Charles Gibson suggests that his successful rise to the top of the ratings among the network news anchors has come as a result of doing "nothing" -- his word -- to achieve that goal. In an interview with the San Francisco Chronicle, Gibson, whose ABC World News is now the No. 1-rated evening newscast, said that ratings are "like crack for producers. ... You get into thinking, 'OK, we did that story, it rated well, so let's do more on that subject.' I don't think you can do that." Likewise, he suggested that the content of the programs will not draw younger viewers. "People's lifestyles give them a chance to watch the 6:30 p.m. news or they don't," he said, suggesting that younger viewers are generally occupied with other matters at that time. "But in 15 years when [the kids are] off to college and you're coming home maybe in the late afternoon ... and want to find out what's gone on that day, maybe at that point you'll turn it on," he said. Gibson also suggested that he was initially jealous that NBC had received the package of videos that Virginia Tech killer Cho Seung-hui had produced on the day of his rampage. Then, "I thought, 'Boy, I'm glad he did that to them and not to us because they have got a really, really tricky decision on their hands.'" More recently Gibson says he decided not to air a report by ABC investigative reporter Brian Ross about the so-called DC Madam because other news developments demanded greater attention.


During a week that saw the ratings of all evening newscasts decline, the CBS Evening News With Katie Couric declined the most, falling to 6.05 million viewers -- the fewest ever recorded (or at least since the modern Nielsen People Meters were introduced in 1987) for the CBS newscast. At the same time World News With Charles Gibson enjoyed its widest lead over NBC Nightly News with Brian Williamssince the week of Peter Jennings' death in August 2005. 8.1 million viewers tuned in to the ABC newscast compared with 7.5 million for Williams's. It was the ABC newscast's ninth first-place finish in the past 13 weeks.


Despite placing three shows in Nielsen's top five, Fox came in third behind CBS and ABC in the ratings last week. The top two shows were Wednesday's American Idolresults episode, which attracted 28.8 million viewers and Tuesday's performance episode, which drew 26.7 million. Fox's House placed fifth with 21.1 million viewers. But ABC also produced some strong contenders, including a two-hour Grey's Anatomy, which landed in third place, and the Monday edition of Dancing With the Stars, which followed in fourth place. Nevertheless CBS performed the most consistently, capturing an average 7.9 rating and a 13 share for the week. ABC placed second with an average 6.4/10, followed by Fox, with a 6.3/10. NBC trailed with a 5.8/9.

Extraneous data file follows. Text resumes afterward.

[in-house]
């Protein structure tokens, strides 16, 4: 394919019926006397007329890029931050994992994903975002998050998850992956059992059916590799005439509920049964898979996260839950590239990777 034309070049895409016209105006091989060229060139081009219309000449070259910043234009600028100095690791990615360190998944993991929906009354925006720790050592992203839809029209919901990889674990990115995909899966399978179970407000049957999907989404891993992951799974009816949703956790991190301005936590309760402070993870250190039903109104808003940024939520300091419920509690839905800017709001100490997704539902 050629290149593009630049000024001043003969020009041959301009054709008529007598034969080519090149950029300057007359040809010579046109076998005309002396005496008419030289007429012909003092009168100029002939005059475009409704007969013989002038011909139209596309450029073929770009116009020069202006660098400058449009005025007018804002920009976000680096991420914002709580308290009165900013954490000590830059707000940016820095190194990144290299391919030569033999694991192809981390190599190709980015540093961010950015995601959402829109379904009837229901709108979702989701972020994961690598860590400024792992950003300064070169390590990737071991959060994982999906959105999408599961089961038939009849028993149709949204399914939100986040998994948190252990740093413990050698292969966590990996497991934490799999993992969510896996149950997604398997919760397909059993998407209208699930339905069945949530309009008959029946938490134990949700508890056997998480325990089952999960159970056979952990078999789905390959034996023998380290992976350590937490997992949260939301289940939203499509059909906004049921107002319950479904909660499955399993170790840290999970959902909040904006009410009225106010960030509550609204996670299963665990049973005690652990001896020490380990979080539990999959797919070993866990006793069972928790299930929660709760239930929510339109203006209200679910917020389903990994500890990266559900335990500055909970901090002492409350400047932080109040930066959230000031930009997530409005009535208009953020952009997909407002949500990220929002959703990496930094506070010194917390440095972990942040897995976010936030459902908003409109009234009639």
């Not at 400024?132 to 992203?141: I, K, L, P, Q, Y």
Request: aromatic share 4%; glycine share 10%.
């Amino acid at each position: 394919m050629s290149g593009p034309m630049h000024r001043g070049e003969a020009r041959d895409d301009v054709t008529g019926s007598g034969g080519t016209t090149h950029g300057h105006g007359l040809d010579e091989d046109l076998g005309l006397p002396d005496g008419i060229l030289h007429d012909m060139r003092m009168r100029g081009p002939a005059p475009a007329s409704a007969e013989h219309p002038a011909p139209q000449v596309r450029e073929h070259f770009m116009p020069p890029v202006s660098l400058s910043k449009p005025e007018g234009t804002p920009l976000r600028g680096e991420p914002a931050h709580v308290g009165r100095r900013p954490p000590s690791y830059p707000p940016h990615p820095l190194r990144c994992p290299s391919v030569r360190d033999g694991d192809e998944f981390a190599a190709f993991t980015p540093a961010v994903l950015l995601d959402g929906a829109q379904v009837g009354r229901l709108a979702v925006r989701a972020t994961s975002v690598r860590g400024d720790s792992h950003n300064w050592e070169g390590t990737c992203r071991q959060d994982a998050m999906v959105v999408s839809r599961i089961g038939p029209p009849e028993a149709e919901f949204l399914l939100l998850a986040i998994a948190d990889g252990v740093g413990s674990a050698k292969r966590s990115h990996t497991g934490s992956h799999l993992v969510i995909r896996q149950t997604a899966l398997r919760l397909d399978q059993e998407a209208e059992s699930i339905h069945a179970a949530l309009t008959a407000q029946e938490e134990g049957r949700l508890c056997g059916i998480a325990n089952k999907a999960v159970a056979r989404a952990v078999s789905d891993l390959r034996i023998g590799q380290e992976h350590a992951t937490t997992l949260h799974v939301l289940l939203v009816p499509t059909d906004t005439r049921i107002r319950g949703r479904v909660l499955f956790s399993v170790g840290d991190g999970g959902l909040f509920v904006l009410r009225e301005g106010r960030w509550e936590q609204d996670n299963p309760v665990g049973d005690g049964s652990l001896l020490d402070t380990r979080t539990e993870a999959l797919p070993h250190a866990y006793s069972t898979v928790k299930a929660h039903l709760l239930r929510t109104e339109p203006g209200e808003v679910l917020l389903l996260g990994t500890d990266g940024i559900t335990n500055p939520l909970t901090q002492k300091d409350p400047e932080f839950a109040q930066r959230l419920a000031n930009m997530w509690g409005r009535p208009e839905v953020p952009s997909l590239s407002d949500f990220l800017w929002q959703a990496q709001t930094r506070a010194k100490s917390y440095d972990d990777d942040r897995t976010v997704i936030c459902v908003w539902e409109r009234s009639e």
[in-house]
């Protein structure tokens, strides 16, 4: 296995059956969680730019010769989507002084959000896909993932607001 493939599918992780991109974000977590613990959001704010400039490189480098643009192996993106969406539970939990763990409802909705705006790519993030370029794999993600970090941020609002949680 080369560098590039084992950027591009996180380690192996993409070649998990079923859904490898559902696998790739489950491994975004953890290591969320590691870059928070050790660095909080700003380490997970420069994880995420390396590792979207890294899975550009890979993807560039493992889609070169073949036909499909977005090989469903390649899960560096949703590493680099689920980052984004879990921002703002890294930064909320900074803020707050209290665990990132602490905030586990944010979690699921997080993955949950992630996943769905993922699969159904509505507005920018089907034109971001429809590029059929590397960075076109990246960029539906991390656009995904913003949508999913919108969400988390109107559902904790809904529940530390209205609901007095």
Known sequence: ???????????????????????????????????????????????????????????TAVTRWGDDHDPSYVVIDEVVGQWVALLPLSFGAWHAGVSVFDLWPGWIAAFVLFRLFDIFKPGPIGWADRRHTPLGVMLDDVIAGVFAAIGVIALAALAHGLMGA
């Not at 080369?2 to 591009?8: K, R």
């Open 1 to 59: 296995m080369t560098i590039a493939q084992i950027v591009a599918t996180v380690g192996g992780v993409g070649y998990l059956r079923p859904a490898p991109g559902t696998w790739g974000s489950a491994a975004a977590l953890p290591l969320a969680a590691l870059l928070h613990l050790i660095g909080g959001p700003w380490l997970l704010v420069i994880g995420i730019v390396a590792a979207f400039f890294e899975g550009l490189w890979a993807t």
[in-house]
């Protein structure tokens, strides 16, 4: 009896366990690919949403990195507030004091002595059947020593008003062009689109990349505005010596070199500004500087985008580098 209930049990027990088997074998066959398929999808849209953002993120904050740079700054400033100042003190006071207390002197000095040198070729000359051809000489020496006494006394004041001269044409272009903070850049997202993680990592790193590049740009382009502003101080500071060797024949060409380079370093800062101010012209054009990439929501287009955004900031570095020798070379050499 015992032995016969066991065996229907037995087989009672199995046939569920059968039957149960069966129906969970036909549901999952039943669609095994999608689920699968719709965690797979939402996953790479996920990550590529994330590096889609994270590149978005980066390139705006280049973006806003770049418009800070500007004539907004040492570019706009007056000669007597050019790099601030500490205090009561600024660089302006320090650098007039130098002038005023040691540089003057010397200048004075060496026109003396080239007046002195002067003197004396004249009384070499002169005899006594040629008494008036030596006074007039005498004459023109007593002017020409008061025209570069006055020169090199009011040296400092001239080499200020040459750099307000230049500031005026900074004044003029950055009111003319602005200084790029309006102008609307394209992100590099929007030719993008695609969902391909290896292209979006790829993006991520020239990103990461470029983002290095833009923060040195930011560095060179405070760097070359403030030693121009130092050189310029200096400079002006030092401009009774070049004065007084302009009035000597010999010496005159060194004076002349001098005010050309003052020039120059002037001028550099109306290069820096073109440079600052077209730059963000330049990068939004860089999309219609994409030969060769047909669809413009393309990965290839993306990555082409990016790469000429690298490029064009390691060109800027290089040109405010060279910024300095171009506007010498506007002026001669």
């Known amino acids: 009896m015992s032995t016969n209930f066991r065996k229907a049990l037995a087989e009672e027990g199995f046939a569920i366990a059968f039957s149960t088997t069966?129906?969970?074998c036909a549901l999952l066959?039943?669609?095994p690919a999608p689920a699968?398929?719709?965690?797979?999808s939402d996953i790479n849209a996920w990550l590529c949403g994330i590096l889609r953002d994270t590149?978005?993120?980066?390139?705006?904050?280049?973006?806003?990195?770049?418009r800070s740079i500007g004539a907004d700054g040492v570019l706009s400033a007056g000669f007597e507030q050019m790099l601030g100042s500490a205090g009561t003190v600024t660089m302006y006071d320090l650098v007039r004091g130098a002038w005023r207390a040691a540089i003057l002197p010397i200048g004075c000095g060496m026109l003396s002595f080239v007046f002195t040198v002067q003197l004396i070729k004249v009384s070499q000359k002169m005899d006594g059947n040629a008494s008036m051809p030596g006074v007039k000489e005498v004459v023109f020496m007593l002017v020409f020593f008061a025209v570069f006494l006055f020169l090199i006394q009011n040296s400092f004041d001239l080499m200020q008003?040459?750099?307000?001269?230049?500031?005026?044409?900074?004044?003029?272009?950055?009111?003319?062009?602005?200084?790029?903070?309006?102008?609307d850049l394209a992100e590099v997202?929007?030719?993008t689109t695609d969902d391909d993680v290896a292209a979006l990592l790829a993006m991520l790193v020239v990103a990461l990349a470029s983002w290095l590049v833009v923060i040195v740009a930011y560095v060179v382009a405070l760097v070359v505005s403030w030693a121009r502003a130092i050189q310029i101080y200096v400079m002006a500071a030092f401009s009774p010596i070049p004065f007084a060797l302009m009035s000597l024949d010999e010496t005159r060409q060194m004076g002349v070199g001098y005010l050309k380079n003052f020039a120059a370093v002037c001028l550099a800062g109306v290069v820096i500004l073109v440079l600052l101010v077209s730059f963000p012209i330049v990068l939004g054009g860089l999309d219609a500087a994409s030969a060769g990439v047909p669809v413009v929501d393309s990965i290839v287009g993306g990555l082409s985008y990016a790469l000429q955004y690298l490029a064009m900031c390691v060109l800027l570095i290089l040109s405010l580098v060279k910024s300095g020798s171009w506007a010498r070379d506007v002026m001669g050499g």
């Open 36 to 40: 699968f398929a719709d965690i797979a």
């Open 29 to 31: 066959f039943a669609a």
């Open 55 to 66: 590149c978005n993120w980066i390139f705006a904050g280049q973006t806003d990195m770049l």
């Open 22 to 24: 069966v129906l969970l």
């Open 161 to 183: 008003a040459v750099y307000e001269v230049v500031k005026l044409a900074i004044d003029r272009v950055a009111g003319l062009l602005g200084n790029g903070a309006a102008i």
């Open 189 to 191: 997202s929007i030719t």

The top ten shows of the week according to Nielsen Research:

1. American Idol (Wednesday), Fox, 17.0/26; 2. American Idol (Tuesday), Fox, 15.7/25; 3. Grey's Anatomy, ABC, 13.4/21; 4. Dancing With the Stars (Monday), ABC, 12.6/20; 5. House, Fox, 12.5/19; 6.CSI: Crime Scene Investigation, CBS, 11.7/18; 7. CSI: Miami, CBS, 11.4/19; 8. Desperate Housewives, ABC, 11.1/17; 9. Dancing With the Stars (Tuesday), ABC, 10.7/16; 10. Without a Trace, CBS, 9.6/16.


Comcast has unveiled a new cable modem capable of speeds of 150 megabits per second -- some 25 times faster than standard cable modems. The device, which requires linking four cable lines together and is faster than Verizon's FiOS fiber-optic technology, was displayed at the National Cable and Telecommunications Assn. meeting in Las Vegas. Comcast CEO Brian Roberts said that he expects the system, currently dubbed DOCSIS 3.0, will become available in 2009.


It may only have hit the theaters a few days ago, but News Corp's FX Entertainment Channel has landed rights to Spider-Man 3 for what could amount to $33 million if the domestic gross exceeds $400 million. The five-year deal with Sony Films also allows the studio to sell the picture on broadcast TV for an additional $7-10 million. FX will first be allowed to air the film in December 2009.


The sale of actor John Schneider's General Lee automobile, made famous in the Dukes of HazzardTV series, for nearly $10 million on the eBay auction site appeared to be in doubt Tuesday as the highest bidder, identified as William Fisher of Laguna Hills, failed to deliver a scheduled deposit. Ebay had said that only "qualified bidders" would be permitted to bid on the vehicle but did not indicate how it would determine the qualifications. Today's (Wednesday) Ventura County Starreported that Fisher had "backed out of the deal" and that Schneider, who played Bo Duke on the TV series, plans to take legal action against him.

Brian B. at Movieweb
Brian B.